What goes through your mind when the startup you work for runs out of money?
My eyes are looking over a spreadsheet of names and numbers representing our employees and their salaries. A big red number constantly fights for my attention:
That’s the amount we needed to reduce our monthly burn rate by. To put it in perspective, that’s 40% of our payroll expenses. At this point we’re out of options — there’s no more wiggle room anywhere else.
We’ve already cut everything else we can think of including parking, food, and benefits. We’re even getting rid of our physical office (a significant reduction of $2,500 a month), opting instead to work out of coffee shops where we can.
Payroll is the only variable we have left.
It’s tough. Just a year ago we were riding high on our success and opportunity. We had just made it through a tremendously difficult time that almost killed the company. Our very first product release had met with promising results from the market. Our future looked bright!
At some point we lost focus, chasing opportunities that didn’t amount to anything. We were too optimistic, expecting tremendous growth without looking at the actual results we were generating. We expanded our operations to support the chase, hiring new staff and software engineers. Our costs ballooned without the proportional revenue to back it up, and it was time to face the now obvious consequences.
That’s 5 junior employees, 3 senior employees, or 2 executives. Yes, executives too. Nobody was safe, not even myself. It occurred to me that it might, in fact be best for the company if we got rid of myself and saved the engineering team.
I had built a cohesive, effective team, and I had built a culture to ensure that my absence wouldn’t drastically impact the productivity of the team — the team could go on without me.
I included it in the list of options I was writing.
How come we made it so far only to fall now? It hardly seemed fair, but it made sense. We wanted to be a great company, but we didn’t have the discipline. Greatness is many little things done well, day after day, moment after moment. Consistent. Unwavering. At some point we started to ignore that, instead chasing that one big thing that would propel us to success.
There is no silver bullet, though.
When we turned around, all of our previous missteps became evident and it was clear that we were far off the road to success.
Failure creeps up on you.
Greatness is many little things done well, day after day, moment after moment.
We’re playing around with the numbers. Cut this person, save $7,500 a month but risk having customer requests fall through the cracks. Cut this person, save $2,200, but lose a promising salesman. Cut that person, we save $6,500, but wait — that person has a mortgage to pay! Sucks to be them.
These are just scenarios though — simulations of what the effects of our decisions were. Excel made it easy to mess with peoples’ futures. We had already gone through dozens of different variations, all with their pros and cons.
Excel made it easy to mess with peoples’ futures.
There’s only one thing consoling me, and that’s that I had prepared everyone for this moment before I even hired them.
I’m not a rose-colored glasses kind of guy. Like a doomsayer standing on a corner waving a sign announcing the imminent end of the world, I told everyone I interviewed that the company might shut down unexpectedly at any moment. The people who joined our team knew during their very first interview that this endeavor might crash and burn within 2–3 months. They joined, anyways, fully aware of the potential consequences.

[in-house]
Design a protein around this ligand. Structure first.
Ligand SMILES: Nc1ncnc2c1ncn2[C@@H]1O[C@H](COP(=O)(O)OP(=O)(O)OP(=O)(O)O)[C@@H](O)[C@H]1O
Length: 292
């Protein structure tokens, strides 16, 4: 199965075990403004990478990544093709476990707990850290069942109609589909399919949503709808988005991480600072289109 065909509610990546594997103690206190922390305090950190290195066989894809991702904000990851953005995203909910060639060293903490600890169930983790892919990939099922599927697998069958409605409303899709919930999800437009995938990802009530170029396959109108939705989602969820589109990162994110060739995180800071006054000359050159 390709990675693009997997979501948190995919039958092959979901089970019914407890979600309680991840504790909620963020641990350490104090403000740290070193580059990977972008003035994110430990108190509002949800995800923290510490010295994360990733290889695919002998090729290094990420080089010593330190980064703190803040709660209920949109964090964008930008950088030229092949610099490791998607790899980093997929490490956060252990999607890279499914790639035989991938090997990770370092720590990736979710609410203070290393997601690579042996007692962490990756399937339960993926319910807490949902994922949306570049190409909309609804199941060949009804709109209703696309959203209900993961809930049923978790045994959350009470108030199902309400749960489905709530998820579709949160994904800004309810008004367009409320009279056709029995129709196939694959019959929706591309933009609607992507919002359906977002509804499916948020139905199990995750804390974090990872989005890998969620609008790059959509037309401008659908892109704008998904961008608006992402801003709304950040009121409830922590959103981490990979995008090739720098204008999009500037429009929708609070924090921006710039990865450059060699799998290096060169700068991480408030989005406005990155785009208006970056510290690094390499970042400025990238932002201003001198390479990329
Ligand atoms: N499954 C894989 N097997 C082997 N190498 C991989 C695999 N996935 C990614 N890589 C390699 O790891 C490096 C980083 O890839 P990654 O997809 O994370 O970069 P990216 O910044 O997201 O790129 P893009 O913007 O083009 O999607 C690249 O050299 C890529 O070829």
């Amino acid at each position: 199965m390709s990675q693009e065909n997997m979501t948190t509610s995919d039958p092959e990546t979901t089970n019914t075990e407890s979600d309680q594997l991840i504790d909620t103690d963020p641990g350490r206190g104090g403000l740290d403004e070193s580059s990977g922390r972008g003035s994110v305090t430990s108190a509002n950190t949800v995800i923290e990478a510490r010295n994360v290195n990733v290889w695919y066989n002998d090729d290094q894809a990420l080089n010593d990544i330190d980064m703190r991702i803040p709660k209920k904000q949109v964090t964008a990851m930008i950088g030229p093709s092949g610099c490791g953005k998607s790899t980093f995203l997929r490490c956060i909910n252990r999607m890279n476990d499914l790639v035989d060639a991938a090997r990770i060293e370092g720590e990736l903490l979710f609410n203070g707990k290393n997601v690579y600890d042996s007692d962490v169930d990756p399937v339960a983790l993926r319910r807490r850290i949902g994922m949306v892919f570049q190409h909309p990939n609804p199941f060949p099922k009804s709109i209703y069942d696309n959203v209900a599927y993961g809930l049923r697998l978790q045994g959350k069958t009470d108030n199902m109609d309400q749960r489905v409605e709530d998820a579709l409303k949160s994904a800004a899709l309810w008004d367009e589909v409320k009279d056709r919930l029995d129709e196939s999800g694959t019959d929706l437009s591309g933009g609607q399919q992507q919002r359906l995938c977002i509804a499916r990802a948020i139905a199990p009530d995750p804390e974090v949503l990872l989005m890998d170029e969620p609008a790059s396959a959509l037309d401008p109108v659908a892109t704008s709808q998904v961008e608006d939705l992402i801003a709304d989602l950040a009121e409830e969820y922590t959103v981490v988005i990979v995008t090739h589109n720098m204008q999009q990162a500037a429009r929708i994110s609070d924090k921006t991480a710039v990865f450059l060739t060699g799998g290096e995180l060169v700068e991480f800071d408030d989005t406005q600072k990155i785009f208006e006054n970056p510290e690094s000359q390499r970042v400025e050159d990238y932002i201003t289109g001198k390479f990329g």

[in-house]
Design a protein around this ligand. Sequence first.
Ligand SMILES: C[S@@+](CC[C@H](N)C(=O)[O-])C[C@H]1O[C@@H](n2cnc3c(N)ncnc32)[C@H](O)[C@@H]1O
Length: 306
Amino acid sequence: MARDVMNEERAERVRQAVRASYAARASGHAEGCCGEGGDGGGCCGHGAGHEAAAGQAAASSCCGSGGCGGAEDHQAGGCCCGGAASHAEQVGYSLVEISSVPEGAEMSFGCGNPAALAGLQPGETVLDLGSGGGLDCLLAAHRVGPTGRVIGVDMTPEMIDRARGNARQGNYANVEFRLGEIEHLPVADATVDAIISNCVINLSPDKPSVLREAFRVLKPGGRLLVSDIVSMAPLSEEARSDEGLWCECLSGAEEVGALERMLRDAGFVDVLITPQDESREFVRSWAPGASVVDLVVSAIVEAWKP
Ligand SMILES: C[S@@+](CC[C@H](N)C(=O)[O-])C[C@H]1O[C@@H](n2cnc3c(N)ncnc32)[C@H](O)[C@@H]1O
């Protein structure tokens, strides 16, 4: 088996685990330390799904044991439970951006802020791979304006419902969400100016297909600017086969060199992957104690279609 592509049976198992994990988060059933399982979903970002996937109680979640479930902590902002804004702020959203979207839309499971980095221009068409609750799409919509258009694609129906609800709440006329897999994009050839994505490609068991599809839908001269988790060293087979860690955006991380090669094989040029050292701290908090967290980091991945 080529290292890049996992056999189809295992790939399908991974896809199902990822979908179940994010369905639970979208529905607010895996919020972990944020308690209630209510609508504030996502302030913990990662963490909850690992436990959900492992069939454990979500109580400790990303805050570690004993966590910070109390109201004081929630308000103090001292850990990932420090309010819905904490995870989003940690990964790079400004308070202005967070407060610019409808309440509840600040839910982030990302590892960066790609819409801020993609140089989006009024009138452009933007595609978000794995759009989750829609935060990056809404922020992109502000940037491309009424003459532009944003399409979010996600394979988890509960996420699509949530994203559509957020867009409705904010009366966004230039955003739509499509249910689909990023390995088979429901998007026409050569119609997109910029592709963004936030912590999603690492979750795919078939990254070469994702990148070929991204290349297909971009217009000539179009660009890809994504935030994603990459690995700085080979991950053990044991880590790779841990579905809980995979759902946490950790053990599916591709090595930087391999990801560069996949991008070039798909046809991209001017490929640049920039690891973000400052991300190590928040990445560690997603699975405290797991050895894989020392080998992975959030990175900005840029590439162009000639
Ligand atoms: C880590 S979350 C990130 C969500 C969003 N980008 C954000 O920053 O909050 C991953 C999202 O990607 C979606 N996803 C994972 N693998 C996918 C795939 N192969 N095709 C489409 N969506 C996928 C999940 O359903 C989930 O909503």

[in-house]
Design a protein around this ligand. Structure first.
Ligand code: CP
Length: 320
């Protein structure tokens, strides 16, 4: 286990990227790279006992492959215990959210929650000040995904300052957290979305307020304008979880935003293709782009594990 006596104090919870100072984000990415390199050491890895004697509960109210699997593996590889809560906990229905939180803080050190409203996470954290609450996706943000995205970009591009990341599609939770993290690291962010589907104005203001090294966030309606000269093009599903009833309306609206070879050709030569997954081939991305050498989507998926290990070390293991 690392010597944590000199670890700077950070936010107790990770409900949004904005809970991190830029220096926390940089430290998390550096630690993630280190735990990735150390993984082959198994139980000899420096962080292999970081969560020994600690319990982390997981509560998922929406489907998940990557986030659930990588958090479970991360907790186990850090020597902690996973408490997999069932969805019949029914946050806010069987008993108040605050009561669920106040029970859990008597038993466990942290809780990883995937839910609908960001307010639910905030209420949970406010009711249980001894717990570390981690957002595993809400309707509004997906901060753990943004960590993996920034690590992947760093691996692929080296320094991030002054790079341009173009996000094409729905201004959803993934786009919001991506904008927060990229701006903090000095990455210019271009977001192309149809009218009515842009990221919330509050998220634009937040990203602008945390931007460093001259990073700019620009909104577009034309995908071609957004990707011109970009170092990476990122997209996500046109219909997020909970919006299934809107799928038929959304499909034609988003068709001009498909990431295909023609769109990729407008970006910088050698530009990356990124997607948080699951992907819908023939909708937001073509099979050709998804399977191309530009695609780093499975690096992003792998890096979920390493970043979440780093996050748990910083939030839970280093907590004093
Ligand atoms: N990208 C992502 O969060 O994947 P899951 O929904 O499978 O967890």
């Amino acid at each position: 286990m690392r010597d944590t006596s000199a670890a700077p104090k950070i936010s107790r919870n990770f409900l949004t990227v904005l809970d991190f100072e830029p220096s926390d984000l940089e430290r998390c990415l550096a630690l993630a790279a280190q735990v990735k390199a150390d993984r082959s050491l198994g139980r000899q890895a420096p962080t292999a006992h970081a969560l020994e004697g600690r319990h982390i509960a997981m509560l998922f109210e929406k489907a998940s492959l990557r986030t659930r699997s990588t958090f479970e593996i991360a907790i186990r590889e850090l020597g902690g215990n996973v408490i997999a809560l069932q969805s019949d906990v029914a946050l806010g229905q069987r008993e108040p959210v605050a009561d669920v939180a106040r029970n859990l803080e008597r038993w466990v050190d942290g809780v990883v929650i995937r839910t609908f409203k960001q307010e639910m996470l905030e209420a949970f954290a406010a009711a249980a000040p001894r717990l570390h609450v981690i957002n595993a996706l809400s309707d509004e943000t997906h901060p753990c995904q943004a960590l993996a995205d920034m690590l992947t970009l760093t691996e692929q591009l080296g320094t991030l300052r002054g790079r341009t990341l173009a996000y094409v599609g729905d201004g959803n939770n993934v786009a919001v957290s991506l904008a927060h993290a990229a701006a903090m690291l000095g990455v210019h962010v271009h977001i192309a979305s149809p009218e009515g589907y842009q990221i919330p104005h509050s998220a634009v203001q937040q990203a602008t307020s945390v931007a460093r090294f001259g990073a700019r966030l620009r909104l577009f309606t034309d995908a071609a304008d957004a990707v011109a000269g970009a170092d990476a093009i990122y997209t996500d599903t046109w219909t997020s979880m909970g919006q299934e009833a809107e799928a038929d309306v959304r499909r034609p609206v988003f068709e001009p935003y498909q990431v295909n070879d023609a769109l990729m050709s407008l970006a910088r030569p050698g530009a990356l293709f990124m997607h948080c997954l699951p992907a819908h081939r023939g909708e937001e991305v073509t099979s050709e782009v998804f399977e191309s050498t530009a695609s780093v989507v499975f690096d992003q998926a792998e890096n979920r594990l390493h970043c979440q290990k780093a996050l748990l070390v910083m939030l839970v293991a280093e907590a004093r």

“They knew and they still signed up for this” might not pay their mortgage, but it eases my conscience…at least a little bit.
I don’t know who’s going to still be here after the dust settles. All I know is that these people are not just numbers on a spreadsheet. They’re people with lives and families. They’re people I invited to join me. Some left stable jobs. Others took pay cuts to work with us. They all extended their trust. They’re my friends.
We’re going to ruin their day.
I originally wrote this post in the middle of planning for a significant round of cost reductions at a previous company.
I chose to wait to publish it for multiple reasons — for starters I didn’t want people finding out there was going to be downsizing from a blog post.
Since the post was written, we did downsize our company. I advised the CEO and the decision was made to let go of a senior engineer, a junior sales associate, and our head of operations. They were fantastic teammates, but due to our own missteps, we couldn’t afford to keep them on.
I also advised the CEO to let go of…myself! I had done what I could for the company, building a solid engineering team and process. Engineering was no longer an issue anymore, and to keep this many resources devoted to development just wasn’t the right thing to do when the money could be used for sorely needed sales and marketing.
By letting me go as well, we were able to guarantee the company would continue to operate by decreasing our burn rate enough to survive until growth. The engineering team that remained would be enough to respond to user requests — they were talented and there were solid processes in place to ensure that things got done. With the proper focus of efforts, the company could bounce back from this stronger than ever.
I continued to stay involved as an advisor to the company for a short while, providing guidance on engineering and management direction to ensure a smooth transition.